Barry
Barry Parkinson

I am thinking of putting the EDIS electronic ignition in my 'B'. I have heard good reports about them and I can still leave the Dizzy in as a precaution!
http://www.upgrades4mgs.co.uk/
Eric Martin

Thanks for all the comments. I know Iím being harsh condemning these (aftermarket) systems so squarely but even on balance I have to give them the thumbs down. Here's my rationale.

Firstly, electronic ignition has been the only item that's prevented me from getting home in my GT. OK, that's not rational, that's wounded pride but all the same.

Secondly, the cars seem to run the same to me, with or without, so I don't feel I'm getting a performance gain.

Finally, I learnt to carry a spare baseplate one when the Lumentition went bad on my other car, but had left it and a couple of other bits I'll no doubt soon need, in my other car. So I can confirm Jeff's theory. If I could have found the baseplate, what hit me with crystal clarity when I stalled at the junction was that I was going to have to change out all of the electronics simply to be in a position to start troubleshooting. I could just about remember how to untangle the wiring, but having removed the dizzy, reinstalled the baseplate, reconnected the wiring and replaced the dizzy, I would still be left with the timing to set. So it would have to be out with a spark plug, hold it against the block, tug on the fan belt, look (hope) for a spark, adjust, try again.... and all this would be done to a background of tooting horns and Anglo-Saxon sign language. Then having got it all back to its original state, I could start to look for the fault, which could have gone, or might still have been there, or could have been "fixed" by all the disturbance only to reappear the next time I took the car out.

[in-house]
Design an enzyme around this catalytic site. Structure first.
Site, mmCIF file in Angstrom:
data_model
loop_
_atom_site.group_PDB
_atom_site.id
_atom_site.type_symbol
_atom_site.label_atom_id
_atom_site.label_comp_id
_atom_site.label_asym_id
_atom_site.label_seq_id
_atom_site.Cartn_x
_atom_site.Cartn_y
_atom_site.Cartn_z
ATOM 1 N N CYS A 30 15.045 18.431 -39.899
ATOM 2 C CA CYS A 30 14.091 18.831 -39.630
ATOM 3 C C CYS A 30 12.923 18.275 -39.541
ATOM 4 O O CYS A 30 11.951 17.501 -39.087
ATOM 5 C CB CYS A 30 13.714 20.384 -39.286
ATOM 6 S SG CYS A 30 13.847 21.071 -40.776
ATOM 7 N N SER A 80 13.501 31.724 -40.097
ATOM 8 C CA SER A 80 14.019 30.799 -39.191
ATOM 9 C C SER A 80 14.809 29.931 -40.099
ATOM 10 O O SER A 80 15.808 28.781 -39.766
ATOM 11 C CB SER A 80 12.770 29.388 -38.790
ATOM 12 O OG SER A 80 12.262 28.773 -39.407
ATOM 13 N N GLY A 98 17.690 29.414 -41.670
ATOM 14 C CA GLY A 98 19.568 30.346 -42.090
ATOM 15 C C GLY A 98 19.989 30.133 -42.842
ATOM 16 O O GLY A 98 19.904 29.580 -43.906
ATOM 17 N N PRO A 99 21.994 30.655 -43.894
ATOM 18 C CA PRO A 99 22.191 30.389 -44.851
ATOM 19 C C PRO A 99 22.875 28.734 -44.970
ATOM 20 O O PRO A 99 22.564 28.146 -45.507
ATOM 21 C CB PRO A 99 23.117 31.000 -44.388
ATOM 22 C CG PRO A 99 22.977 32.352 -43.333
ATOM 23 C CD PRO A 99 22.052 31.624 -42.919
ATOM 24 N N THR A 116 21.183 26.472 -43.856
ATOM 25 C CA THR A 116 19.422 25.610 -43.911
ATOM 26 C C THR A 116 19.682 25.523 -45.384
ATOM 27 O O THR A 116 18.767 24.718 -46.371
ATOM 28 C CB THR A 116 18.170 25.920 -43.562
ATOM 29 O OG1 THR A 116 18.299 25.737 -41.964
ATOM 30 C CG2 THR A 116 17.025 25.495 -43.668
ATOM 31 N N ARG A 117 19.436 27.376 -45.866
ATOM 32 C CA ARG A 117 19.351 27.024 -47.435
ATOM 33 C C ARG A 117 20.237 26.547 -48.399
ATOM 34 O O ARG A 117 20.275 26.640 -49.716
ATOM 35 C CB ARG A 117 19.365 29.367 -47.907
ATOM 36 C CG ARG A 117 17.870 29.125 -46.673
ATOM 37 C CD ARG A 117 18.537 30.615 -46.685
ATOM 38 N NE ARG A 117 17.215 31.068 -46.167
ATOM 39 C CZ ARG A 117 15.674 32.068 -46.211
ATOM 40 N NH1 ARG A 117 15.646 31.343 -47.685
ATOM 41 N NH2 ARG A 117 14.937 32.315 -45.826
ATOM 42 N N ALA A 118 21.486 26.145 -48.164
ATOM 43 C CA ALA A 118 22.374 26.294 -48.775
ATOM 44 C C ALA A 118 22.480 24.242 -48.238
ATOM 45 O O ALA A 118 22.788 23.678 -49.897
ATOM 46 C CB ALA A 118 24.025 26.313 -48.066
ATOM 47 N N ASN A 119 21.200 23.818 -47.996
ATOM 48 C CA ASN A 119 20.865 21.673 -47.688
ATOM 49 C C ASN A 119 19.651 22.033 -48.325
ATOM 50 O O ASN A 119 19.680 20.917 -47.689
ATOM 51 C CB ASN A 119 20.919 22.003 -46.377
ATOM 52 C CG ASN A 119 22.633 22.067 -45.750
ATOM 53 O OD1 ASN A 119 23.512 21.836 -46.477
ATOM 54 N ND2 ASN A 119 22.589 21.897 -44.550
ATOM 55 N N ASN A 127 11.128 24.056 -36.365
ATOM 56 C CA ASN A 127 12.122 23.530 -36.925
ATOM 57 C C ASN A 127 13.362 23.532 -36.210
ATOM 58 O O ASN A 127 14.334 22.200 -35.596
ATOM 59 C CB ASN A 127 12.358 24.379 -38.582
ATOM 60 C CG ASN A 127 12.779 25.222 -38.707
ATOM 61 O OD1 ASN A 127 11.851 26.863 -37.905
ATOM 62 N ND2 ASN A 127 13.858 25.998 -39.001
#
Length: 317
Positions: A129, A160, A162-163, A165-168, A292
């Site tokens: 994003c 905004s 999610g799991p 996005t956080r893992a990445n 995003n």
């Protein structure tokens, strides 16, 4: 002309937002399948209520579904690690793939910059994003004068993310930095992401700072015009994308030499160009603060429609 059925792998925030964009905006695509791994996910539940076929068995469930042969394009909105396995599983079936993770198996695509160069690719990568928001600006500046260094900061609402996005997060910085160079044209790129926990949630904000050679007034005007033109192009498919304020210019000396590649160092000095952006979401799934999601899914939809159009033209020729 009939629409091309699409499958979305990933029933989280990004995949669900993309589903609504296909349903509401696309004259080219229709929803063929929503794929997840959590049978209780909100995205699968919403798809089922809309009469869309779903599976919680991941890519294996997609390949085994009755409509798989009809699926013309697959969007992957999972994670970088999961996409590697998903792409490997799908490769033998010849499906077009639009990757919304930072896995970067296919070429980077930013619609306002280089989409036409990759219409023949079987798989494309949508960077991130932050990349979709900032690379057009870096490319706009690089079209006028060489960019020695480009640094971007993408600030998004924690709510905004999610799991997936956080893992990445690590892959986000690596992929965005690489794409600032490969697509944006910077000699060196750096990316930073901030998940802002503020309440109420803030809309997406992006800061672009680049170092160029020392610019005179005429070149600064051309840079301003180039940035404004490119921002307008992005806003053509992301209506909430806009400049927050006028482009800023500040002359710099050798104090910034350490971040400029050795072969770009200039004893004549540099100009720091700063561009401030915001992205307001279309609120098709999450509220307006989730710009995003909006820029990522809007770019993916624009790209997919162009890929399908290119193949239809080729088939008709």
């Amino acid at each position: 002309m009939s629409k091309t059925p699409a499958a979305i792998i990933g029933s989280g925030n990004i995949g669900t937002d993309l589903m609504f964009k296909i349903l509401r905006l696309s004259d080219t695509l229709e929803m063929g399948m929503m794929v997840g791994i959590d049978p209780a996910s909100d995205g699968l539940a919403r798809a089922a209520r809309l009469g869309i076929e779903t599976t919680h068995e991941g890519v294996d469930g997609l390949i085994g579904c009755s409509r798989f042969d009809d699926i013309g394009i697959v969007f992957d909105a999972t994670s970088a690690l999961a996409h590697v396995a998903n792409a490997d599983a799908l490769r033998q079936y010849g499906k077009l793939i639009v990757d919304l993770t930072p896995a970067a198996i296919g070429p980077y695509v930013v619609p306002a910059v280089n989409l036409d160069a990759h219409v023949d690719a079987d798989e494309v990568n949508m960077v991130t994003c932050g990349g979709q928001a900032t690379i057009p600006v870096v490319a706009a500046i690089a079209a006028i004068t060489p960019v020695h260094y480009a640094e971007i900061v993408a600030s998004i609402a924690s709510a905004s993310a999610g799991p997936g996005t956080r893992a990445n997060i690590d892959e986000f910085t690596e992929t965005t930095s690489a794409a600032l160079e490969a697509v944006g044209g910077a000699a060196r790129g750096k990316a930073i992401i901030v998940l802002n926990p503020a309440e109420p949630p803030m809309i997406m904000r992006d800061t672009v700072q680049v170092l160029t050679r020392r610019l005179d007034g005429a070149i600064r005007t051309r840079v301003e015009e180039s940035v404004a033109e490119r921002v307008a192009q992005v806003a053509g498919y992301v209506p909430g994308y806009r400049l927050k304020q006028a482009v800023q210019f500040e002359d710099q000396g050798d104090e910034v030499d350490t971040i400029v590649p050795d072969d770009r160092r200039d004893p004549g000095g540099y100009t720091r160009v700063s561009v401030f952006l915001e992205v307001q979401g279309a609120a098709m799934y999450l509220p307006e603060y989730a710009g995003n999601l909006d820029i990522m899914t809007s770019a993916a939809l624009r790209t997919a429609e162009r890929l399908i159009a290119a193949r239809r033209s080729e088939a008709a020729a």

In the event I elected to think negative thoughts about the black box until it succumbed and let me drive home, at which point I pulled it out by the roots.
Steve Postins

Judging by some of the comments some people fitted electronic ignition along time ago. Although they may not be on the same units now.

I fitted Mobelec Magnum electronic ignition to my previous MGB in 1981. Its a brand no longer available. When I changed my B in 1992 for the current one I transferred it over.

By my reconning it must be on borrowed time. So one day I will get around to sorting myself out a spare base plate or distributer ready set up. The big question is will I sort out the spare in time.

If it was not for the MGCC rules in standard class sprint and hill climb here in the UK I would go for the MegaJolt/Edis type multi coil set up and get rid of the distributor all together.

David
David Witham

Check the supercharging web site, there is much discussion regarding an electronic ignition with the timer plate on the front pulley.
Barry
Barry Parkinson

I threw my Pirahna off the car about 5 years ago when it was so down on energy that high speed misfire meant I had to let a turbo metro get away on track day. This memory still hurts today.